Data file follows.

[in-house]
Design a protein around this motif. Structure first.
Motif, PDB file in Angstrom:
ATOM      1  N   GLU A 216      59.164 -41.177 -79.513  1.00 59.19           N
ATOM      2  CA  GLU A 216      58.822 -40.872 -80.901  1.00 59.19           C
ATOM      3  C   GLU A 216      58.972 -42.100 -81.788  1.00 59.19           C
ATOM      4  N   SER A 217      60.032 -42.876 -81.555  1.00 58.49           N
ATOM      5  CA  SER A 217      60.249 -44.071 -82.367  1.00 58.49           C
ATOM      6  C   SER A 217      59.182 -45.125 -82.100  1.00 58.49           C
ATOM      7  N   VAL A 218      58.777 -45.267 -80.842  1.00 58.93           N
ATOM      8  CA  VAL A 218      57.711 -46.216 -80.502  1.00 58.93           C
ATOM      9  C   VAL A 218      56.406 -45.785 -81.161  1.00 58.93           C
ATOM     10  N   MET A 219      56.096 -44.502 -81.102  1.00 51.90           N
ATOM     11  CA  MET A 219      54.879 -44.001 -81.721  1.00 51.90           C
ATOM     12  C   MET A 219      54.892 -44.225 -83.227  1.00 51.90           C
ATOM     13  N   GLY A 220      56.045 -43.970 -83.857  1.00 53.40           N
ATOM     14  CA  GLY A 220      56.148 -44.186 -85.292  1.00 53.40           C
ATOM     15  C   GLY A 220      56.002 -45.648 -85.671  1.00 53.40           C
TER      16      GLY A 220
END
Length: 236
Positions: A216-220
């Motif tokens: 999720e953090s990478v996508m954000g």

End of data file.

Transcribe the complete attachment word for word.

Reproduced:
[in-house]
Design a protein around this motif. Structure first.
Motif, PDB file in Angstrom:
ATOM      1  N   GLU A 216      59.164 -41.177 -79.513  1.00 59.19           N
ATOM      2  CA  GLU A 216      58.822 -40.872 -80.901  1.00 59.19           C
ATOM      3  C   GLU A 216      58.972 -42.100 -81.788  1.00 59.19           C
ATOM      4  N   SER A 217      60.032 -42.876 -81.555  1.00 58.49           N
ATOM      5  CA  SER A 217      60.249 -44.071 -82.367  1.00 58.49           C
ATOM      6  C   SER A 217      59.182 -45.125 -82.100  1.00 58.49           C
ATOM      7  N   VAL A 218      58.777 -45.267 -80.842  1.00 58.93           N
ATOM      8  CA  VAL A 218      57.711 -46.216 -80.502  1.00 58.93           C
ATOM      9  C   VAL A 218      56.406 -45.785 -81.161  1.00 58.93           C
ATOM     10  N   MET A 219      56.096 -44.502 -81.102  1.00 51.90           N
ATOM     11  CA  MET A 219      54.879 -44.001 -81.721  1.00 51.90           C
ATOM     12  C   MET A 219      54.892 -44.225 -83.227  1.00 51.90           C
ATOM     13  N   GLY A 220      56.045 -43.970 -83.857  1.00 53.40           N
ATOM     14  CA  GLY A 220      56.148 -44.186 -85.292  1.00 53.40           C
ATOM     15  C   GLY A 220      56.002 -45.648 -85.671  1.00 53.40           C
TER      16      GLY A 220
END
Length: 236
Positions: A216-220
């Motif tokens: 999720e953090s990478v996508m954000g």